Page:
4. The Action is in Content and Video. The migration of video to the Internet and mobile is happening at a steady pace. There will be several new OTT launches in 2017, and mobile will figure heavily. Owning both content and distribution are proving to be compelling. Of the “Big Four” wireless and cable players, only Charter doesn’t have some sort of content play…and that is likely to change, be it with Verizon or somebody else.
     
  5. AT&T is Out-Lapping Verizon, So Far. Between success with bundling, content leverage, and reasonable early take-up of DirecTV Now, AT&T appears to have made the right bet with DTV. The pending deal with Time Warner pushes AT&T even further into content land. AT&T will have to be careful, in the way that Comcast has been with NBC Universal. But a more favorable regulatory environment will also help.

    The success of Verizon’s strategy is still TBD, and it has certainly chosen a more complex route. The company is still getting its arms around AOL, and the Yahoo deal is far from certain. There is merit to Verizon’s view that there’s room for a third major digital advertising play, after Google and Facebook (maybe they should take a page from TMO and market their play “The Un-Google”). But this is a tough hill to climb. It’s why most of the Street picks AT&T over Verizon…for now.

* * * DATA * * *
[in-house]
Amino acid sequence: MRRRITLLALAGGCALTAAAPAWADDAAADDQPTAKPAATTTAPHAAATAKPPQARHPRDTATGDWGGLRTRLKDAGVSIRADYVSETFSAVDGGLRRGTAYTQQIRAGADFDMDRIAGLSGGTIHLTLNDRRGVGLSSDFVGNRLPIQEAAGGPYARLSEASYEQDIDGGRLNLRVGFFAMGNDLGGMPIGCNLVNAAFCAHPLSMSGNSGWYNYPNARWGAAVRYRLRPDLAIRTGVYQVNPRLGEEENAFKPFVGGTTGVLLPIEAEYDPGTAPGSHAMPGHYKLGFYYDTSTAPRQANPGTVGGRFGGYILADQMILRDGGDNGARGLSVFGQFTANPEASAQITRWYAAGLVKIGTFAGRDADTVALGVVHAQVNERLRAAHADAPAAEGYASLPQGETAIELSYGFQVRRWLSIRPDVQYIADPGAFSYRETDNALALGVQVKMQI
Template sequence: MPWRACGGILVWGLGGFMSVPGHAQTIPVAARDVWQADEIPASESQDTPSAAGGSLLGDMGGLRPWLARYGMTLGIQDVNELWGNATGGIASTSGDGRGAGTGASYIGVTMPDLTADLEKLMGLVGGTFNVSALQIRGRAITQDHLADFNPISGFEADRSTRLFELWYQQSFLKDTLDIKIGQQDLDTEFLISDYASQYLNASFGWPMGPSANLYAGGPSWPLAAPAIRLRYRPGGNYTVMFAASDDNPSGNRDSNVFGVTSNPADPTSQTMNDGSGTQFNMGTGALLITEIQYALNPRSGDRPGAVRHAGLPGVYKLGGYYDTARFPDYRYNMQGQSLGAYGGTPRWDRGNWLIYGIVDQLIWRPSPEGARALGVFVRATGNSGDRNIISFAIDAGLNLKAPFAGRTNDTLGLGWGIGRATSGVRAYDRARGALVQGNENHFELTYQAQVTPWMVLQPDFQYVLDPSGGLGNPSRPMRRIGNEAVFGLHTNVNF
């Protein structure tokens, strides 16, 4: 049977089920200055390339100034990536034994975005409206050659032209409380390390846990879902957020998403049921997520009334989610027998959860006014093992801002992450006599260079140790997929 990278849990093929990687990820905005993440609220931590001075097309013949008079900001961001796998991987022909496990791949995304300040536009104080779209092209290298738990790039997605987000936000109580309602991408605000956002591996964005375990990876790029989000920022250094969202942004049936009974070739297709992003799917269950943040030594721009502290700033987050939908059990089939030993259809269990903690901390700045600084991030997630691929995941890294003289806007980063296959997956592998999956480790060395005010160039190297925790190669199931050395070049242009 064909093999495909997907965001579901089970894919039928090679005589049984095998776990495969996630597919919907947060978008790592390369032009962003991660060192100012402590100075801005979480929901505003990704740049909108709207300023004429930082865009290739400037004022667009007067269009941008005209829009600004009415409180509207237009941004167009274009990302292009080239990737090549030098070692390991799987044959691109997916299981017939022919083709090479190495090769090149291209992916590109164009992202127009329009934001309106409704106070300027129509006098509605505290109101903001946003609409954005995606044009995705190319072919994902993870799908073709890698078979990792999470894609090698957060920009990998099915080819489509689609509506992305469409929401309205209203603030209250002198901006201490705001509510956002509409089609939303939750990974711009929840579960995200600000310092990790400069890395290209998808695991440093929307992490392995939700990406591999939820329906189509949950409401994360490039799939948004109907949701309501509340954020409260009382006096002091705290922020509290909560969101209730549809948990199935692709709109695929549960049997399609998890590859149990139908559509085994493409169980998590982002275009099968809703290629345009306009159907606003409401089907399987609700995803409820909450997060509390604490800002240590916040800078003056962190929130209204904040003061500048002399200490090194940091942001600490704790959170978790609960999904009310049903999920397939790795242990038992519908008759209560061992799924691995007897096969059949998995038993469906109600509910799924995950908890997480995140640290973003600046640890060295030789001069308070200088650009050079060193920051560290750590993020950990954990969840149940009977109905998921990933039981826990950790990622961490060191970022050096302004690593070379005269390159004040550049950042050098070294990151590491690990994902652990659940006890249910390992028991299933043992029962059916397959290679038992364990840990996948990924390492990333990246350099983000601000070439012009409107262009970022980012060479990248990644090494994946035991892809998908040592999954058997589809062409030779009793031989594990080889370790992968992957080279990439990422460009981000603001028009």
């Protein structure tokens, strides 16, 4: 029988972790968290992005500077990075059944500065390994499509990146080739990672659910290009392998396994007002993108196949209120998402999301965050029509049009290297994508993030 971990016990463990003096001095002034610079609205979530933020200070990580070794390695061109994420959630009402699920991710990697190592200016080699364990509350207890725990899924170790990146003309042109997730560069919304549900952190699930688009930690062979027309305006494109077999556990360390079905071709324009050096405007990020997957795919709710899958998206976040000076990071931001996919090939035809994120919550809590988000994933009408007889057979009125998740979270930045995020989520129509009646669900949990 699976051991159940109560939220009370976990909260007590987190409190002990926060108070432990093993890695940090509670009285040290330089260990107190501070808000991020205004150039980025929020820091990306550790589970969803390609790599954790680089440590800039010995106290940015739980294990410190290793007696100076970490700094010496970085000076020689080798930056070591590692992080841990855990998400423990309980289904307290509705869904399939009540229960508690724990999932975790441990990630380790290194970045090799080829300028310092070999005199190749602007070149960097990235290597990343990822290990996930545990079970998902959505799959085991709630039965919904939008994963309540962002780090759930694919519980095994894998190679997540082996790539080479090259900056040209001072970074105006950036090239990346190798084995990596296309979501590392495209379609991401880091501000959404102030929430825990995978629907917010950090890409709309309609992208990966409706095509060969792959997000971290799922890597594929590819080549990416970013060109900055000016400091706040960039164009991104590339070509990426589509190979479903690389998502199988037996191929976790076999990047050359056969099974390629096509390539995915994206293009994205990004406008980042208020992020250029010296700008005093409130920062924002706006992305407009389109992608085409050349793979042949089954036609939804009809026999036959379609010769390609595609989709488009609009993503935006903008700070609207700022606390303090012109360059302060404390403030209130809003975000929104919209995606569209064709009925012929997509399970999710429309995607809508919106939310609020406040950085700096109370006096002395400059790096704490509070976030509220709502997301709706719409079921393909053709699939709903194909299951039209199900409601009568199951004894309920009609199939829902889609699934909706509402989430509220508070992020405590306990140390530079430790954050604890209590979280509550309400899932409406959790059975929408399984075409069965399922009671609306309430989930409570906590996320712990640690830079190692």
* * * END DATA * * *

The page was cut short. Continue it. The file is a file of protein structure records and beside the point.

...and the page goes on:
6. So This Will Be a Huge Year for Verizon. Big Red has indicated flat revenue growth into 2018. So, one or both of two things need to happen this year. Either Yahoo has to get done, and the company must articulate a clearer strategy of what it plans to do with those combined assets. And/or, they need to do a deal with cable, or DISH. The potential deal with Charter is interesting, as it provides Verizon access to 49 million homes, in some great markets, access to content deals, more broadband without having to build more FiOS, and assets that would be beneficial to its wireless network.
     
  7. 2017 Will Be the Year of the Deal. Between the settling in of the new FCC and the results of the 600 MHz auction (likely by March), I am predicting a deal frenzy in cable, content, and wireless. The ball already started rolling in the second half of 2016, with a slew of fiber deals, telco consolidation, and AT&T-Time Warner. In play, or likely be part of Deal-Apolooza in 2017 are: Sprint, TMO, Charter, Comcast, DISH, and Verizon. Significant reshuffling and consolidation is likely.